Sipho Mabena

By Sipho Mabena

Premium Journalist

Home affairs minister says the law instructs police to ascertain immigration status, not him

Motsoaledi says had those who wrote the story cared to find the facts, they would have realized that he was merely responding to a query

Home Affairs Minister Aaron Motsoaledi has rubbished claims that he instructed police to conduct spot checks and ascertain immigration status of foreign nationals as misleading.

The minister said it was the Immigration Act that empowered the police to conduct spot checks to ascertain immigration status.

The Act states that when so requested by an immigration officer or a police officer, any person shall identify himself or herself as a citizen, permanent resident or foreigner.

If on reasonable grounds the immigration officer or police officer is not satisfied that such person is entitled to be in the country, such person may be interviewed by an immigration officer or a police officer about his or her identity or status.

The immigration officer or police officer may take such person into custody without a warrant and shall take reasonable steps to assist the person in verifying his or her identity or status, and thereafter, if necessary detain him or her in terms of section 34.

“The Act itself gives such an instruction and this has been happening for the past 20 years since 2002. Law enforcement officers have been applying this Act since that period at roadblocks, in factories, agricultural establishments, hospitality industry, trucking industry and anywhere within the borders of the evident that no law enforcement officer needs any instruction from a Minister to pursue their work,” the minister said

Furthermore, the Act provides that any person who assists a foreign national to evade the processes contemplated in that subsection, or interferes with such processes is guilty of an offence.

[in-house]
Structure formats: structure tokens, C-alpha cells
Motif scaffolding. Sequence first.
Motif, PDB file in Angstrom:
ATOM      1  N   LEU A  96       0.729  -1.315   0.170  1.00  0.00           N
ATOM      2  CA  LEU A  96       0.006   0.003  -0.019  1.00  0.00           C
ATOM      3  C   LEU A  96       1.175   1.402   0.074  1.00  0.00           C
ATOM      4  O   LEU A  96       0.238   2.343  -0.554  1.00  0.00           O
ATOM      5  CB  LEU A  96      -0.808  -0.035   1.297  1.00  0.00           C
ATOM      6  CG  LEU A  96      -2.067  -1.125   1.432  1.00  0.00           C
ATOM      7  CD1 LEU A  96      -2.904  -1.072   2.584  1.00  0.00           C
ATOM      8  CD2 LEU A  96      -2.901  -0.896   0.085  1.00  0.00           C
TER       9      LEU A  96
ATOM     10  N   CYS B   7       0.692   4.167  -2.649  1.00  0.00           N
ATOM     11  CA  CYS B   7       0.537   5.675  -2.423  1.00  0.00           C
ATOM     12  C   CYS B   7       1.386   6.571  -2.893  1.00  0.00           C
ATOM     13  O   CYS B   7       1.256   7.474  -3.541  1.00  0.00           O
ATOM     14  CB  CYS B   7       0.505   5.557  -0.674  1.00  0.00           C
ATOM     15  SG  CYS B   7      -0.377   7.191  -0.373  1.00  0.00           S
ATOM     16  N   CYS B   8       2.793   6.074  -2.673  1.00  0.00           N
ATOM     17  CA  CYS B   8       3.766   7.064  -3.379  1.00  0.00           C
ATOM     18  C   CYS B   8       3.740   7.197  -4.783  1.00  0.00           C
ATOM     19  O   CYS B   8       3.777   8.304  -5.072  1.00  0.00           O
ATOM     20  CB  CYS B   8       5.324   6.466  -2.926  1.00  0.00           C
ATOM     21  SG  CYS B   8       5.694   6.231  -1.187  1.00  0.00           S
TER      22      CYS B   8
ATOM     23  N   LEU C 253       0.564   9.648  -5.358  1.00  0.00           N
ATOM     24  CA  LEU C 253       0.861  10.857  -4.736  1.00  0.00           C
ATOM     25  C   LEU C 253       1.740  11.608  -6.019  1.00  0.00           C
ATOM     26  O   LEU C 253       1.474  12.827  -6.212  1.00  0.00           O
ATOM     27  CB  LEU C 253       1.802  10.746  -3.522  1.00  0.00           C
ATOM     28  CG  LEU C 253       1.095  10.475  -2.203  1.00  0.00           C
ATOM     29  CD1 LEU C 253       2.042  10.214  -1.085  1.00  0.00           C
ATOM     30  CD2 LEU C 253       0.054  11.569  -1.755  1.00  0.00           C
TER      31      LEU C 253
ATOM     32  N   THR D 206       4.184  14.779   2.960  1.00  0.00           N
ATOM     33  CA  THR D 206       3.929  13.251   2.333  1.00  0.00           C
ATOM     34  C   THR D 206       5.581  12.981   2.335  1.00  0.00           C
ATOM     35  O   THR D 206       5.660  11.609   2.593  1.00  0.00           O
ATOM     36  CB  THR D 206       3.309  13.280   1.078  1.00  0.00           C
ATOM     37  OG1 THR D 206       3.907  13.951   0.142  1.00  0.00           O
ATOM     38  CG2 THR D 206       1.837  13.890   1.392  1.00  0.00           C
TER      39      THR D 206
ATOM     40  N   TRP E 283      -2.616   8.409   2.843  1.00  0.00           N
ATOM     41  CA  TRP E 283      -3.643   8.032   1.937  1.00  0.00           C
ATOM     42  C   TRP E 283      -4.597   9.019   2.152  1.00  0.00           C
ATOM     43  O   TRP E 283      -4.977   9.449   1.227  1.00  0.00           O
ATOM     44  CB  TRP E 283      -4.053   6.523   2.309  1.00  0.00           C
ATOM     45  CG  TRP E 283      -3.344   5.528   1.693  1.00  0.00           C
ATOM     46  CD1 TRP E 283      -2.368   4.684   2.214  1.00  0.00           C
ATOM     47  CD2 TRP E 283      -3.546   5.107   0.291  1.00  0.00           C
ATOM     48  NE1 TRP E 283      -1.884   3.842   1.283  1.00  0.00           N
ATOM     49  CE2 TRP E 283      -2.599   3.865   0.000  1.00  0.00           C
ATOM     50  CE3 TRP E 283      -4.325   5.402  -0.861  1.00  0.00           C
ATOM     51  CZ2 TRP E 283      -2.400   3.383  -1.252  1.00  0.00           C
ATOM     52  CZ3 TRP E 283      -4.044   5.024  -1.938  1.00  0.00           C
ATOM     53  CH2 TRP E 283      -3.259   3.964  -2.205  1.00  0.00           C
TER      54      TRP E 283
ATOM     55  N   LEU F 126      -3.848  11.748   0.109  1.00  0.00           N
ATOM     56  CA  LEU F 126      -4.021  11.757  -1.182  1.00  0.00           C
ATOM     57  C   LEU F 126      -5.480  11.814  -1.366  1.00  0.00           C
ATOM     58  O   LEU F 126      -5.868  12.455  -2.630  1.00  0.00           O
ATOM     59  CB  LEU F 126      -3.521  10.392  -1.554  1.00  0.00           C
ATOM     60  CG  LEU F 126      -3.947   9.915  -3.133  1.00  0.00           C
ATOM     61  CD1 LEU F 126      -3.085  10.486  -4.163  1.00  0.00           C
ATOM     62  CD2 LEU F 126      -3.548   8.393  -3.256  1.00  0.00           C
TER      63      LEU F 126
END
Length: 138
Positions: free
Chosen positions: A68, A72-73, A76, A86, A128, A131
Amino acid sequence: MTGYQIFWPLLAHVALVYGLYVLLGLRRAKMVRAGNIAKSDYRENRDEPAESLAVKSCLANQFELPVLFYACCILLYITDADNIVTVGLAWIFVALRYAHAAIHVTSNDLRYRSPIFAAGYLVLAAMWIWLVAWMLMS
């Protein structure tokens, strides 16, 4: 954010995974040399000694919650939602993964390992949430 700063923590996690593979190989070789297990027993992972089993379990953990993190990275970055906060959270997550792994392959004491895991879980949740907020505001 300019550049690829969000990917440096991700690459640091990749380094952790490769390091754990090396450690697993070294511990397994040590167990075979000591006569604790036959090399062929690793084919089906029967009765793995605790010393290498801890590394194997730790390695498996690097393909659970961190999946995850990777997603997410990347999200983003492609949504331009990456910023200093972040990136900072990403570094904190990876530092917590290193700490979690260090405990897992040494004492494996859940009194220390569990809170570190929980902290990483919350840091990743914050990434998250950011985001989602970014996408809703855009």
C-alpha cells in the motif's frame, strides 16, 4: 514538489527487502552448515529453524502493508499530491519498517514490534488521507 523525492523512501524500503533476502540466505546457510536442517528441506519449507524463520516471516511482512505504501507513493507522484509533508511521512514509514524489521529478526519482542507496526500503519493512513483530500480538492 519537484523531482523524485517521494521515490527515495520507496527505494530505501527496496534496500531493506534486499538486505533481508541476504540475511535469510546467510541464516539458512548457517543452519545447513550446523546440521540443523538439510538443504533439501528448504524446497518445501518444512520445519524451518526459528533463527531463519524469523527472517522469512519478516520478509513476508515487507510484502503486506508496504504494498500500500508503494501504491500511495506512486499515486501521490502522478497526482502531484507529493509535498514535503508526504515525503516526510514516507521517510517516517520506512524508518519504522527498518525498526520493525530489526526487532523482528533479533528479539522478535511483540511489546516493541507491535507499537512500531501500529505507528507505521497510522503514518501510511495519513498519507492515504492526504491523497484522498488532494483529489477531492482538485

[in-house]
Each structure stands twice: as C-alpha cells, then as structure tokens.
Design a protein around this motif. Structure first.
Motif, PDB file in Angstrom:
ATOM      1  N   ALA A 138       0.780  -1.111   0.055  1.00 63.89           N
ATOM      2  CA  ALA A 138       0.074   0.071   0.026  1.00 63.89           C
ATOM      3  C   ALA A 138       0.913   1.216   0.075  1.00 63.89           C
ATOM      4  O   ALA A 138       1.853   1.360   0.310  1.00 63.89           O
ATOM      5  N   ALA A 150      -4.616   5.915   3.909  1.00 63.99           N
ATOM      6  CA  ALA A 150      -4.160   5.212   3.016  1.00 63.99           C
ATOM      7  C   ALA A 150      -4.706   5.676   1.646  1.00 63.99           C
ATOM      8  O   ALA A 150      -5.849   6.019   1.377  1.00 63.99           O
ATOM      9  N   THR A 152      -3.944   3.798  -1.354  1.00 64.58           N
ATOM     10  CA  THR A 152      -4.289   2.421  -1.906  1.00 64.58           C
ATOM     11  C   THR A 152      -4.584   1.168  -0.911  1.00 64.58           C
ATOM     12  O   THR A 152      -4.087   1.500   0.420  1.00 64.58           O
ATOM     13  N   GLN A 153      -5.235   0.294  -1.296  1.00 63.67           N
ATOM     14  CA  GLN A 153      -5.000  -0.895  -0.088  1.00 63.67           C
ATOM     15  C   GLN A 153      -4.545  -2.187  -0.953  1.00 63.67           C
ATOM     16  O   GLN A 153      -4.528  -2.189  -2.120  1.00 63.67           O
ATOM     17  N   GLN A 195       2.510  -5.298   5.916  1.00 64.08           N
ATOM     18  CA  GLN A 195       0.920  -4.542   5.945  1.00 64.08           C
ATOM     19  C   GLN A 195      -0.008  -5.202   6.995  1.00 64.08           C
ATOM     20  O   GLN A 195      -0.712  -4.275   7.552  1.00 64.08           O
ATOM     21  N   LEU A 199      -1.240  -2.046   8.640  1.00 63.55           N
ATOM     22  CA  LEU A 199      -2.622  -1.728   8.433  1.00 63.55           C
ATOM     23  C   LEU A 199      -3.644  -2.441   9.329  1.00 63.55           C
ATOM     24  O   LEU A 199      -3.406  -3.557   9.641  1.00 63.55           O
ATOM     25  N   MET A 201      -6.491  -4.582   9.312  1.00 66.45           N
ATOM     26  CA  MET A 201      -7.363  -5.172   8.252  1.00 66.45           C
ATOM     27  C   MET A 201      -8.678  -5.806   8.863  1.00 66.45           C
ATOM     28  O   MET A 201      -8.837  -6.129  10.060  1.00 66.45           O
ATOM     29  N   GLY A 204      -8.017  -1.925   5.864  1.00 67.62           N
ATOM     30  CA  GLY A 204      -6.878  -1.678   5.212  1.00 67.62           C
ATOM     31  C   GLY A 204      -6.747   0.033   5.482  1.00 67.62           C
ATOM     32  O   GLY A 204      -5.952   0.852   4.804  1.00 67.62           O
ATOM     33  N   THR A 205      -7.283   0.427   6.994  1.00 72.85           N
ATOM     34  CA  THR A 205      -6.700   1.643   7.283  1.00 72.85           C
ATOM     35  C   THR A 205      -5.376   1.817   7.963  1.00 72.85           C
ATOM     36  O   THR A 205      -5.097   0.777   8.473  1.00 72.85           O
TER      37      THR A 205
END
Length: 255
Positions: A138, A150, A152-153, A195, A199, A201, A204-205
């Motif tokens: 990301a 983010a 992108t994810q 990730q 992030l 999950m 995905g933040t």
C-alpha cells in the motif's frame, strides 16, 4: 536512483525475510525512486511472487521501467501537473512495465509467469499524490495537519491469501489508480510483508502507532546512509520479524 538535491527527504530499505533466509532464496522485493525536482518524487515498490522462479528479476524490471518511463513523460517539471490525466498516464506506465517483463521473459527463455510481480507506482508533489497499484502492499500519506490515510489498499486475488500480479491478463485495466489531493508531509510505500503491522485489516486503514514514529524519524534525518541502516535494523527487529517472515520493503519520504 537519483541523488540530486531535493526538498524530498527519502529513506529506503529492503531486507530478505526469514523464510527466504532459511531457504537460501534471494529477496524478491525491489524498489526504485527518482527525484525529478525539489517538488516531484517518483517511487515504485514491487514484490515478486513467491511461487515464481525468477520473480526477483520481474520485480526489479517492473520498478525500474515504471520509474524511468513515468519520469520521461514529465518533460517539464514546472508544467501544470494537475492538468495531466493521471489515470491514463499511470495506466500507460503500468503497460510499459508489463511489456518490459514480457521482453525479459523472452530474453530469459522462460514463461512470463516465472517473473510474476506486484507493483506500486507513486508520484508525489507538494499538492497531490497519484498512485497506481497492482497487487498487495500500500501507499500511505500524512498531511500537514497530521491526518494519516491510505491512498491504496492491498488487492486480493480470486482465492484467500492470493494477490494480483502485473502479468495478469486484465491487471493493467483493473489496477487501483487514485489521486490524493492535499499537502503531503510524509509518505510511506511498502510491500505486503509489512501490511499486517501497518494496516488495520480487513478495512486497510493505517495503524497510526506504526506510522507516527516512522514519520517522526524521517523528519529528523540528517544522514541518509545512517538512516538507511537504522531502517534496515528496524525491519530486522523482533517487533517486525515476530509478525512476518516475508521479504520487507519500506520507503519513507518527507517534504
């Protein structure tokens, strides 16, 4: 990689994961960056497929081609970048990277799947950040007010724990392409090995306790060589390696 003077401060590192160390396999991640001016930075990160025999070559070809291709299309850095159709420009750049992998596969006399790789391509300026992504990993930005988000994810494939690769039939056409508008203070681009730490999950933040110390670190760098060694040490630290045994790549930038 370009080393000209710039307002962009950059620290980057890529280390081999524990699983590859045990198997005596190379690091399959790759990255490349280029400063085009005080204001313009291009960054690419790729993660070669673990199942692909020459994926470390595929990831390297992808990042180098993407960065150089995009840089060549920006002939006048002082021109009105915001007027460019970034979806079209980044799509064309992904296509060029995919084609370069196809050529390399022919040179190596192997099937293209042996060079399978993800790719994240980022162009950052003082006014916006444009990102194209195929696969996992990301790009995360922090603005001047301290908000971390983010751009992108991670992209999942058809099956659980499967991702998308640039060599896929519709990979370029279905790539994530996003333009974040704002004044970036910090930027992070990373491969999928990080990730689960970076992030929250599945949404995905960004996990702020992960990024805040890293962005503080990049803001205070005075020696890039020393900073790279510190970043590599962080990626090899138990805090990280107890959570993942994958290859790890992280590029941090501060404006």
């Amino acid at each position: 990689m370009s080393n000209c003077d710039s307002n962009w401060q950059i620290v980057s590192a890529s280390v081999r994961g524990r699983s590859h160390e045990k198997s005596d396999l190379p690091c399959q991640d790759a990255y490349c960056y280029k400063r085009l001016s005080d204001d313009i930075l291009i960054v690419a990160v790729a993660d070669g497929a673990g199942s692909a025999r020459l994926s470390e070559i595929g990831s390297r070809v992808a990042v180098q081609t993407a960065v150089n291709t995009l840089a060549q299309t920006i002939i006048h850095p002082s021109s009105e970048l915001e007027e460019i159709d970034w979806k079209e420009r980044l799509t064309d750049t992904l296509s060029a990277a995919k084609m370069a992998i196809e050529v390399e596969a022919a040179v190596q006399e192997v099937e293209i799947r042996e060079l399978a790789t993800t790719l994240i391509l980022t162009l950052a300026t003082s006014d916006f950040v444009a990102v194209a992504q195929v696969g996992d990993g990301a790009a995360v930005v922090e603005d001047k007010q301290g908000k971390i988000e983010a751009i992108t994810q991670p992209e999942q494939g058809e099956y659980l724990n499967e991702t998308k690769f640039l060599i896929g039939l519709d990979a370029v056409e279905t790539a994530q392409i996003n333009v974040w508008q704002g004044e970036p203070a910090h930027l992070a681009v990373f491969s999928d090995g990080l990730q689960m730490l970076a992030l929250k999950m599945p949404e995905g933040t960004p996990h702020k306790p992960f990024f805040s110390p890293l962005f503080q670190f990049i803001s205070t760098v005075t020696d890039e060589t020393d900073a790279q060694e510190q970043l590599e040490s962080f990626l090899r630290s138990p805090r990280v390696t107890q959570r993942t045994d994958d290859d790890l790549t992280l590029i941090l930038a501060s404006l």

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Motsoaledi said regulations go on to guide law enforcement officers on how to apply the Act; including what steps to take to verify the identity or status of a person.

These include access to relevant documents that may be readily available in this regard; contact relatives or other persons who could prove such identity and status; access departmental records in this regard or provide necessary means for the person to obtain the documents that may confirm his or her identity and status.

The minister said the method of accessing departmental records was given a boost during the preparations for the 2010 World Cup when a 24-hour centre was established.

He said any law enforcement officer who wants to verify the identity of a person on the spot did not necessarily need to have a physical documentation of that person.

If they are given an ID number or Passport number or any documentation number, Motsoaledi said, they can telephone the 24-hour centre and the identity they are looking for will be verified. 

“It is only after exhausting such steps as described in the regulations that the police officer may find themselves having to arrest a person, if they still cannot ascertain their identity. The 24-hour centre is our proud legacy of the 2010 Soccer World Cup,” he said.

Motsoaledi said those who wrote these stories about him instructing police had cared to find the facts, they would have realized that he was merely responding to a query by a member of the Portfolio Committee on Home Affairs on Tuesday.

He said the member had complained that a person was put in custody for the whole weekend waiting for Home Affairs officials to confirm whether they were documented or not.

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The minister said that things did not have to be that way because there is a legal mechanism to check on the spot the documentation status of a person.  The Act is self-explanatory and does not need to be interpreted.

“Anybody who is not aware that people have been identified in this manner since the Act was promulgated in 2002 cannot [blame] me. Therefore, the media headlines and statements that suggest that I have given instructions to the police officers to stop people and ask for their identification is sensational and it tries to create a controversy where none exists. The country is suffering load shedding at the moment and that is enough, we cannot afford journalism shedding too” Motsoaledi added.